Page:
In his Gospel, Christ returns multiple times to the theme of a shepherd and the sheep. In one of His parables, He draws this impressive parallel: Most assuredly, I say to you, he who does not enter the sheepfold by the door, but climbs up some other way, the same is a thief and a robber. But he who enters by the door is the shepherd of the sheep. o him the doorkeeper opens, and the sheep hear his voice; and he calls his sheep by name and leads them out. And when he brings out his own sheep, he goes before them; and the sheep follow him, for they know his voice. (John 10:1–4).
His disciples do not comprehend the the parable at first, so He repeats: “I am the door. If anyone enters by Me, he will be saved and will go in and out and find pasture.” (John 10:-9).
In the allegory of the shepherd and the sheep, why does Christ call himself the door? And why does He underline that people would go in and go out by it?
The sheep herding customs of Ancient Judea have some answers.
Because of its rocky soil, sheep herding in Judea was far more common than crop farming. A shepherd’s work was physically demanding and enduring. They always had to be on the move in search of pastures, and never lose sight of their flock even for a moment. A shepherd guarded his sheep against predators and robbers and made sure that no sheep would stray and be harmed.
In Palestine, people mostly grew sheep for wool. There was an amazing closeness between the shepherd and the flock. For example, he called every sheep by name, and the sheep responded. Henry Morton, a British journalist who published a series of best-selling books about his travels to the Holy Land in the 1930s, made this observation about an Israeli shepherd: “Sometimes, he called the sheep in a loud chant and a strange language I had never heard spoken before…” Perhaps Christ was referring to this manner of speaking when He said: The sheep hear his voice; and he calls his sheep by name and leads them out. According to the fathers of the Church, this voice to which Christ refers in the Gospel was a tell-tale sign of the Shepherd from Heaven, setting him apart from the “thieves and robbers”, or false teachers.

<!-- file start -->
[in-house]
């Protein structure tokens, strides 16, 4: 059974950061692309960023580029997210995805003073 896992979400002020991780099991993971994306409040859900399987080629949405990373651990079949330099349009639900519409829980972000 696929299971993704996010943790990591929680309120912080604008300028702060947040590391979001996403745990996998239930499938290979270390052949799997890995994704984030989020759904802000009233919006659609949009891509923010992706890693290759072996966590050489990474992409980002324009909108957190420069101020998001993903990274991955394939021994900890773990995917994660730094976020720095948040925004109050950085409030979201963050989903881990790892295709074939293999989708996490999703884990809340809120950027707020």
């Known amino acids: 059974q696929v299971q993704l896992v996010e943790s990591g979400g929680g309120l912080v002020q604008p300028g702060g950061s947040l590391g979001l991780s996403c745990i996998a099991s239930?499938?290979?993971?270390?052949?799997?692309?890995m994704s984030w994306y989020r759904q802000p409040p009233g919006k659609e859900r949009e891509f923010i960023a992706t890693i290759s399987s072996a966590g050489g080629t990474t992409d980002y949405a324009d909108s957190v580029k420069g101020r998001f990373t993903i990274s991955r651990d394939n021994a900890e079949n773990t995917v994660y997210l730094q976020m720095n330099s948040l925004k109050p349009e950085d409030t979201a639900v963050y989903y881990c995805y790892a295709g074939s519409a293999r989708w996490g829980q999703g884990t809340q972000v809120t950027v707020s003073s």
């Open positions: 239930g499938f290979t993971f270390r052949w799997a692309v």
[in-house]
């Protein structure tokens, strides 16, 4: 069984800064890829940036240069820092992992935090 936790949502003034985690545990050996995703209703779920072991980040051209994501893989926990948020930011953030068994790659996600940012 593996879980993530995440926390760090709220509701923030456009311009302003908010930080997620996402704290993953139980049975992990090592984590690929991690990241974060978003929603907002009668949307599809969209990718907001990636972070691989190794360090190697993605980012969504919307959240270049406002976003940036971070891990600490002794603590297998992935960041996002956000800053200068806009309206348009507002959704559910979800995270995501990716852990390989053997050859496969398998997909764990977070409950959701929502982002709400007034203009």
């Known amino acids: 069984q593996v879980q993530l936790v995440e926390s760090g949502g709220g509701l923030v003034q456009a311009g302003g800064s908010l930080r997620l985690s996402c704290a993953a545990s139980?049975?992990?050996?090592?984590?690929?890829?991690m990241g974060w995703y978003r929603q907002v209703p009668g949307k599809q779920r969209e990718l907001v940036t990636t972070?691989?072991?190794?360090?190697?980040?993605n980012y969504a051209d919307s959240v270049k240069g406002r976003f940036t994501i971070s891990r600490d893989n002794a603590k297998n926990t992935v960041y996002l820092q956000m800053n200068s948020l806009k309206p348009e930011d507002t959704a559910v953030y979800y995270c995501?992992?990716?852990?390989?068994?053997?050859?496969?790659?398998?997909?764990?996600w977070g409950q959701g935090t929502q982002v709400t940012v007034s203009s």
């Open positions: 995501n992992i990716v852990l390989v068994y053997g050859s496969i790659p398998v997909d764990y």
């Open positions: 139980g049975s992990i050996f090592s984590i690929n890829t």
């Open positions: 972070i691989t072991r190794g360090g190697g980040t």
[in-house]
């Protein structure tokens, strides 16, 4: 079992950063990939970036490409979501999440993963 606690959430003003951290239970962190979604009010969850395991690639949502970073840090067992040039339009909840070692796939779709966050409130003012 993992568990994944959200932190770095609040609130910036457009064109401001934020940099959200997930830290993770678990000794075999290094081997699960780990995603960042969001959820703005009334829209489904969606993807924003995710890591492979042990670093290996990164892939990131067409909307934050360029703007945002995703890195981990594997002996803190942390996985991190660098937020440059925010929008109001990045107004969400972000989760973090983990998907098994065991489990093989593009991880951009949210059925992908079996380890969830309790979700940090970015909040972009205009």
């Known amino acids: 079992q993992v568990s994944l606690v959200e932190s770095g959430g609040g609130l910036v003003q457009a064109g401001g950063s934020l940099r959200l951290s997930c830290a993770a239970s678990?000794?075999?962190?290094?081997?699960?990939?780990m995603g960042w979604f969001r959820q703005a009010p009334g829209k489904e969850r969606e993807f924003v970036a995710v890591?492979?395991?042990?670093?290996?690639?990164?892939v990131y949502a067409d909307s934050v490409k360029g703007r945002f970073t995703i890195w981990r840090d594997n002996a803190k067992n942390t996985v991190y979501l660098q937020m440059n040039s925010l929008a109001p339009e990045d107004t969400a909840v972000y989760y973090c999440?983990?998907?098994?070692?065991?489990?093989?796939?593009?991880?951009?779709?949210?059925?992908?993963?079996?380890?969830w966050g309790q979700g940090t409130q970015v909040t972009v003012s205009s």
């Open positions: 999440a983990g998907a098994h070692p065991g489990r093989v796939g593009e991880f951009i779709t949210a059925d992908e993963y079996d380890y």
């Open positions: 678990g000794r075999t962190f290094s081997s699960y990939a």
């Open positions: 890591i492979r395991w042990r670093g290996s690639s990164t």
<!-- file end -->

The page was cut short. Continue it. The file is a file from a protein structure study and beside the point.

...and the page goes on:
Occasionally, the flock could walk far into the mountains, and rest in a sheepfold on a mountain slope. Sheepfolds were built in the open space and were sheltered only by a wall on its side with an opening through which the sheep could enter and exit. As they read the Gospel, few people today might know that the shepherd always lay down at this opening, and became like a door. No sheep could enter or leave without stepping over the shepherd. Anyone who went past the door or climbed over the fence was a thief and had evil intentions. Therefore, Christ describes Himself as the door through which one must pass to reach the Kingdom of Heaven. Bishop Luke of the Crimea interpreted Christ’s words as follows: “Remember, you, the sheep of Christ have only one way to travel, and only one door to pass, the one to the Kingdom of Heaven. And this door is nothing else than our Lord Jesus Christ. Use no other door, walk away from every other fence, live within the sheepfold of Christ, His love and His care.”
Also, Christ underlines: “Anyone enters by Me, he will be saved and will go in and out and find pasture.” By pasture, He means the blessing of the Heavenly Kingdom, which people will find by going through the door of Christ. With the words “go in and go out”, Christ alludes to a well-known saying of the Jewish people. In the Holy Scripture, it is used to speak of someone who enjoys complete freedom, peace of mind, and security. For example, the Old Testament speaks of children as those who are still incapable of going in or out. “but I am a little child; I do not know how to go out or come in” (3 Kings 3:7). To sum up, anyone who goes in through the door of Jesus finds their spiritual pasture – freedom, peace, tranquillity and security.
Tranlsated by The Catalogue of Good Deeds